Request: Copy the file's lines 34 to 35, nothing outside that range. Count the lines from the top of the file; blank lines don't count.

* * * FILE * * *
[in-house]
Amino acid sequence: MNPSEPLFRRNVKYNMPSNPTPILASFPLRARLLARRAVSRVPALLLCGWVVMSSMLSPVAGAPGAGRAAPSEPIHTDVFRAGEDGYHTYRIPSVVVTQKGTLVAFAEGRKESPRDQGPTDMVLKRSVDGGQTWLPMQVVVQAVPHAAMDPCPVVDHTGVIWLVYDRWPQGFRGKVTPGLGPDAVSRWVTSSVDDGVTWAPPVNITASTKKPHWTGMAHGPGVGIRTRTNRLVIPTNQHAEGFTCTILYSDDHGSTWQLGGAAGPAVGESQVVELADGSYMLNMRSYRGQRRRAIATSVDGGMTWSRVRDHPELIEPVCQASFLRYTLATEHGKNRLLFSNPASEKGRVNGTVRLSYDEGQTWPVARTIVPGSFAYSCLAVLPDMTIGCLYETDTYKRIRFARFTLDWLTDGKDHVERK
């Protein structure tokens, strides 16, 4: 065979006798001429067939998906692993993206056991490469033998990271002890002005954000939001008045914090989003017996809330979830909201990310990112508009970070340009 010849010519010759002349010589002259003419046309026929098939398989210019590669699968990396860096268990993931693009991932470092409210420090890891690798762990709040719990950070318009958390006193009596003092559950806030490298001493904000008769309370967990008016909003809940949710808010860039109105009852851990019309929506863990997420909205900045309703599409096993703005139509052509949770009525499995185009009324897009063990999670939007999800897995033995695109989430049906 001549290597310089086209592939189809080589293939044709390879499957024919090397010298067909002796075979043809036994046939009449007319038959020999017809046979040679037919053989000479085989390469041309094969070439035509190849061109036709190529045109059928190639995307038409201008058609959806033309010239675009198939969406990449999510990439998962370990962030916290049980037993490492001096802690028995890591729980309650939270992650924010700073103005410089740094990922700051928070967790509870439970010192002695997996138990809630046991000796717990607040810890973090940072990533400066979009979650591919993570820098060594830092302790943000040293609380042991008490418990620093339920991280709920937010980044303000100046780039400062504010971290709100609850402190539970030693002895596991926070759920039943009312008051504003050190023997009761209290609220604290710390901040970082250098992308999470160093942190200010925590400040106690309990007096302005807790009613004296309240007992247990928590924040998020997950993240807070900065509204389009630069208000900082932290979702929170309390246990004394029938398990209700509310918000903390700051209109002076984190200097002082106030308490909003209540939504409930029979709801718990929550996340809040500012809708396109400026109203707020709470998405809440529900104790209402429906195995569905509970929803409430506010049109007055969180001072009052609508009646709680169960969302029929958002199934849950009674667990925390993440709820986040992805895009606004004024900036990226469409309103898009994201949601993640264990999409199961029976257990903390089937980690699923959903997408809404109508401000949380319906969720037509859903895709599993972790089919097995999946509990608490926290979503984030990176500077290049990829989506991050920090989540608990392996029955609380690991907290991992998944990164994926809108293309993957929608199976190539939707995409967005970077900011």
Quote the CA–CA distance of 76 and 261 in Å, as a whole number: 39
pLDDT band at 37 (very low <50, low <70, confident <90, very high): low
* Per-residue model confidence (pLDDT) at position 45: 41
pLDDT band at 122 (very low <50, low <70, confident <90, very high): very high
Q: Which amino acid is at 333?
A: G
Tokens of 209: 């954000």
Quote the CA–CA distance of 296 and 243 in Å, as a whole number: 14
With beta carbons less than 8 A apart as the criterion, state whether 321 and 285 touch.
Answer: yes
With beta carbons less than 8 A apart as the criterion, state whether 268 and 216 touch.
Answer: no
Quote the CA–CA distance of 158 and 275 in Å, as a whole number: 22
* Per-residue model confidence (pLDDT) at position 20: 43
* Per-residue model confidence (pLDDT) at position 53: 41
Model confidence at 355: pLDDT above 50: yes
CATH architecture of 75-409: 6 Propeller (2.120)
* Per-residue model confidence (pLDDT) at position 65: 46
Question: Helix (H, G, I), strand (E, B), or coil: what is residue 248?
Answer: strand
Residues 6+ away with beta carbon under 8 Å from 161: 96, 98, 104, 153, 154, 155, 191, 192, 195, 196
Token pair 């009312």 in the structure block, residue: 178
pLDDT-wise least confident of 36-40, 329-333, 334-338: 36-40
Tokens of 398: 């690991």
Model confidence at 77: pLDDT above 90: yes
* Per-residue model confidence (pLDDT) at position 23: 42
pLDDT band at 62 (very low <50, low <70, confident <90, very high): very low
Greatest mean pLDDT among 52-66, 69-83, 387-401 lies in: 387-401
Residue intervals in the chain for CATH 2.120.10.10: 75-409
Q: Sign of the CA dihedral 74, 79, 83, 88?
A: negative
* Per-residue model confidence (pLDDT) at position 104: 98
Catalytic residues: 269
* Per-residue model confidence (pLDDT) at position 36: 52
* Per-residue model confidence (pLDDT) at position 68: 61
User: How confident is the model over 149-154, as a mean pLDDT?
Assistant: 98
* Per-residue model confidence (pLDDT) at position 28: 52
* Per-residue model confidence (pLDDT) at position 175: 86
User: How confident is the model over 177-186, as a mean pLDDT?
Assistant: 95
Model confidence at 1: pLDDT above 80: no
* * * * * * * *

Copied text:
A: negative
* Per-residue model confidence (pLDDT) at position 104: 98